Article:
9 th S. XI. FBB. 7, 1903.]
NOTES AND QUERIES.
" As if every man had the power of a Magistrate, to cut off him whom the People had devoved. P. 81.
" And pray'd a Bill might confirm it, to remove this Block out of the way, in which all Controver- sies would be sopited." P. 82.
" Long Speeches, full of hydropical swellings, took up the time to delay it." P. 83.
" Wo is to us, this Rupture was not a Date-stone, but a Mill-stone, whose Consequences have grounded us to Dust." P. 84.
" Yet is now impeach'd for taking the Gratuity of a Saddle, a piddling Trifle." P. 88.
" Neither was it a little Breath that could shake him from his Stalk, like a Douny Blow-ball." P. 90.
" All the rest of the Articles were goll-sheaves, that went out in a suddain blaze." P. 92.
" There would be no end to repeat with how many Quarrels this unfortunate Bishop was provok'd, yet his Adversaries did but dry-ditch their matters, and digged in vain." P. 98.
"No good Physician will try Experiments upon an accrased Body." P. 100.
" Therefore a Mind that was not degenerous, had rather provide for Dignity than Safety." P. 100.
" As if he had lighted upon one of the Oenethliaci, or Figure-Casters, that never portend a good Horo- scope to any." P. 115.
"Not reckoning by his Maundings and rough Language, which came from him to please the supervising Prelate." P. 116.
" After a long Argument of five hours at the least,
the Court did all vote that the Defence should
remain undispunged"'?. 120.
"Perhaps it may be with them as with Straddles in a Wood."-P. 126.
" So this bitter flam was but a leaden Dagger, and did not wound." P. 129.
" And when all the Stuff in the Letters are scann'd what Fadoodles are brought to light ? "P. 131.
" To slide this Cause with the most sly advantage into a hearing, Lincoln is kept in close Imprison- ment from All-hollantide till the end of Christmas." -P. 131.
"Lucilias had a scornful name given him by
the Military Dicacity of his own Company." P. 133.
"Strange Physick as ever was prescribed, for it was a Pill as big as a Pumpion."P. 136.
" Nay, when the stub of the Members were baffled, and spurn'd out of the House by the Ruffian Crom- well. ' r -P. 139.
" The rowlings and reciprocations of Fortune were strong on both sides." P. 140.
" So these were of no reckoning in the first sally of the tumultuous times, and such Ignotes were not courted, but pass'd over as a Pawn at Chess, that stood out all of Play." P. 144.
" Shall these crooked Rules obliquate those loyal Maxims, which are so strait in St. Paul?" P. 145.
" So Lesly and his Tykes were bloody and imperious." P. 149.
"He could not upon the known Law, which is the Merastone to limit and define all Causes for Life, Limb, Liberty, or Living." P. 149.
" If this Earl [Strafford] had not climb'd as high as the Weather-cock of Honours Spire, he had not known the Horror of a Precipice." P. 149.
" Ear-wiggs and Whisperers are no Counsellors."
"Which Pope Alexander, a notable Boutefeuoi those times in the Church of God, did tolerate, though not approve of ; as he apostyles that Article with his own Hand." P. 156.
" The Bishop pray'd the King to remember, that those Lowns had been in Hubbubs, and Covenants, and Arms two years together." P. 163.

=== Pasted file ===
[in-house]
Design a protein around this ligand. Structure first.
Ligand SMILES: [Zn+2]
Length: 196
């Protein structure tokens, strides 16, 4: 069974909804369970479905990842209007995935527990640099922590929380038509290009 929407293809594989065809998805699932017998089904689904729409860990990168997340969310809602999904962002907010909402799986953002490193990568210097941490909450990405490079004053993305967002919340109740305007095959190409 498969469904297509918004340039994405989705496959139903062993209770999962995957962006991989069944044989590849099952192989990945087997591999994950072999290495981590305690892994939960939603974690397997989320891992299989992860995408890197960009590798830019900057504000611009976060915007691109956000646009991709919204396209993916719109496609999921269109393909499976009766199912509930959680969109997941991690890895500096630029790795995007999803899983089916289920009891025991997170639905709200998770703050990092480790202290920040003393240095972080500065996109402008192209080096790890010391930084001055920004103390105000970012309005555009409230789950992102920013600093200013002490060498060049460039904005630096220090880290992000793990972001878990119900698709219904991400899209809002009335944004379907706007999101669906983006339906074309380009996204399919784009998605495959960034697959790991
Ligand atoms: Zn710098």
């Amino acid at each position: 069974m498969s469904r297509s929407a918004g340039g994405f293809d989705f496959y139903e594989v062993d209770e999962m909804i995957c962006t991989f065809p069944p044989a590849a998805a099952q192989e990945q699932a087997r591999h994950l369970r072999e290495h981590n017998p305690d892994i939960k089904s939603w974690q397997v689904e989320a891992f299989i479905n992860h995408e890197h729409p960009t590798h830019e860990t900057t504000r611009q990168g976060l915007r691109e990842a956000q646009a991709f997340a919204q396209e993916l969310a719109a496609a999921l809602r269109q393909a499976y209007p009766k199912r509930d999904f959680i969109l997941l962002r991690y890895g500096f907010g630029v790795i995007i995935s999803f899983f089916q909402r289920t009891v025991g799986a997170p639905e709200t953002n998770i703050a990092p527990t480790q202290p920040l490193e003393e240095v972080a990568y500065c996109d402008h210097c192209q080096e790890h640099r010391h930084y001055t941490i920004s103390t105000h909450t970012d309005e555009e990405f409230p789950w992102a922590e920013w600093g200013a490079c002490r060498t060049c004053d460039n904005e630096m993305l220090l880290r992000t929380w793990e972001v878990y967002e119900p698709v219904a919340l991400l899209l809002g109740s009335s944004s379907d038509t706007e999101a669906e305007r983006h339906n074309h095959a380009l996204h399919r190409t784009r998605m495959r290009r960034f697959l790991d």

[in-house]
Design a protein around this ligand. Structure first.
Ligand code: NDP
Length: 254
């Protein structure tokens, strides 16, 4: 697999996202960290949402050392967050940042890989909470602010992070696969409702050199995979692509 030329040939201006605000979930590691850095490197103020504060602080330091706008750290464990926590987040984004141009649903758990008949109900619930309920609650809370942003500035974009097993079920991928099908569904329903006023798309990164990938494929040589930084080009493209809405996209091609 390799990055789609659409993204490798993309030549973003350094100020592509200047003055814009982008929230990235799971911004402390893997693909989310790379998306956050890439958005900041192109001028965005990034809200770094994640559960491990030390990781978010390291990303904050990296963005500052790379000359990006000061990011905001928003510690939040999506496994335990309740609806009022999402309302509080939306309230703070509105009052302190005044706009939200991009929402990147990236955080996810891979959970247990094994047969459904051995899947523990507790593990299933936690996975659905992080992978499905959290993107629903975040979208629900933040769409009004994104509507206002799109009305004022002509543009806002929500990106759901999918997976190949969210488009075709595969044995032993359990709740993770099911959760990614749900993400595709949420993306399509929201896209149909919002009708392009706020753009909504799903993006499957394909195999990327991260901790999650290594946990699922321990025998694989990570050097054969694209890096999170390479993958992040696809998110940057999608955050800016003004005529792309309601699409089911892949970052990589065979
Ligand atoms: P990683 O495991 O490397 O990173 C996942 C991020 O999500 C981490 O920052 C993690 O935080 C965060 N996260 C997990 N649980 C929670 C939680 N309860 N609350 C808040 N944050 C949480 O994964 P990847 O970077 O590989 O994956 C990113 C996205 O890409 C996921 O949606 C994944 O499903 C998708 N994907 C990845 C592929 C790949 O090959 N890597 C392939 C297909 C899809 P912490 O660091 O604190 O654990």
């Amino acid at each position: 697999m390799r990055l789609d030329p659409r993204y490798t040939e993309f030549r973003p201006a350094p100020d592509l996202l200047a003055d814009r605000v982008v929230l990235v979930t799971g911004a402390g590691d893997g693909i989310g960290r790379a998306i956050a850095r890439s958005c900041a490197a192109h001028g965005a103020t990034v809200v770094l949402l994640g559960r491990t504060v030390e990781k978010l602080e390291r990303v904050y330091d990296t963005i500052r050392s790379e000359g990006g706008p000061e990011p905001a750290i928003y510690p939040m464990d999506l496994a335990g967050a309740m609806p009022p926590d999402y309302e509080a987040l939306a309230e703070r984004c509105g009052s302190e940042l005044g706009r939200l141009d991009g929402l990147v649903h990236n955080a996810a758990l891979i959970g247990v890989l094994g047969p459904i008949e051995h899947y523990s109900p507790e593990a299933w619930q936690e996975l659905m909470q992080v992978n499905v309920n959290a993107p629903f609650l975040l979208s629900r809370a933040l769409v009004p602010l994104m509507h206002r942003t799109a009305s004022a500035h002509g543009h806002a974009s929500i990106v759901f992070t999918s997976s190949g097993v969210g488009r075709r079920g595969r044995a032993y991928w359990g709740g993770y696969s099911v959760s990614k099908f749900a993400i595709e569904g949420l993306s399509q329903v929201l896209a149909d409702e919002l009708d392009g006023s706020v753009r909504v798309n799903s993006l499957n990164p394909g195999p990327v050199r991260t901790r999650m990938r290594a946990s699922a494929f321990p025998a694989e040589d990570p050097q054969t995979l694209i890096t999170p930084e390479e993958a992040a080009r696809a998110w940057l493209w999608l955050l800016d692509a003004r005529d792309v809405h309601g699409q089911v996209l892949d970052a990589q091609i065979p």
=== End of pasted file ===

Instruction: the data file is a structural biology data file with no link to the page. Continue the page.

" Win them man by man, inch by inch, somewhat may be gotten out of small pieces of business, nothing out of supervacaneous" P. 163.
" That he must not be a Steward to a Nobleman in his House ; and all the rest of this Palea and Garbage. "-P. 172.
"And when this was blown abroad, how the Trunch-men of the Uproar did/eer, and make riierry with it ! "P. 179.
"The Presbyterians, those Scalda-banco 's, or hot Declamers." P. 182.
" Young men lived idly, which made them want, and therefore were ready for Bustles and Commo- tions to boot-hale and consume." P. 182.
" In succession of days, none sate there before he had taken an Oath to bear true Ligance to him and his Heirs. "-P. 191.
"The resignation of that which preceded is, it looks not all like Popery than Presbyterism was disdained by the King." P. 197.
THE BURIAL OF SIR JOHN MOORE. The following appeared in Truth, January 29th :
" One of my readers suggests that the historical inaccuracy in the poet's allusion to the 'dead of night ' and the ' struggling moonbeams ' is entirely attributable to the fact that the poem is not an original one, but a translation. He gives the following as the original, and says that it has reference to the burial of Col. de Beaumanoir at Pondicherry on December 8, 1760 ; but as he states that he gives the last fact from memory I dare say there will be room for still further corrections :
De minuit c'etait 1'heure et solitaire et sombre, La lune offrait a peine une debile rayon ;
La lanterne lusait peniblement dans 1'ombre,
Quand de li baionnette on creusa le gazon ! " Perhaps some reader of * N. & Q.' can give further particulars as to the French poem. The Rev. Charles Wolfe, the author of " Not a drum was heard," was born in Dublin, 1791, and died in 1823. A. N. Q.
[At 8 th S. viii. 145 was printed from the 'Edin- burgh Annual Register ' the passage wl^h inspired Wolfe to write his poem. Proof of this fact was supplied by MB. C. C. DOVE at 9 th S. vii. 463, so that Truth's correspondent has been misled by trusting to his memory instead of verifying his impressions by reference to ' N. & Q.']
"TAGNICATI," ZOOLOGICAL TERM. Every one who has corrected proofs knows what a fruitful source of error is the resemblance between the script n and u. Out of this one element of confusion have arisen many "ghost- words," but none more interesting than the zoological term which heads this note. TaHicati is a word of the Guarani language, the name of a kind of peccary, native in Paraguay. French naturalists wrote it tagnicati, substituting their gn for Spanish n. This legitimate orthography is to be found in many works of reference. It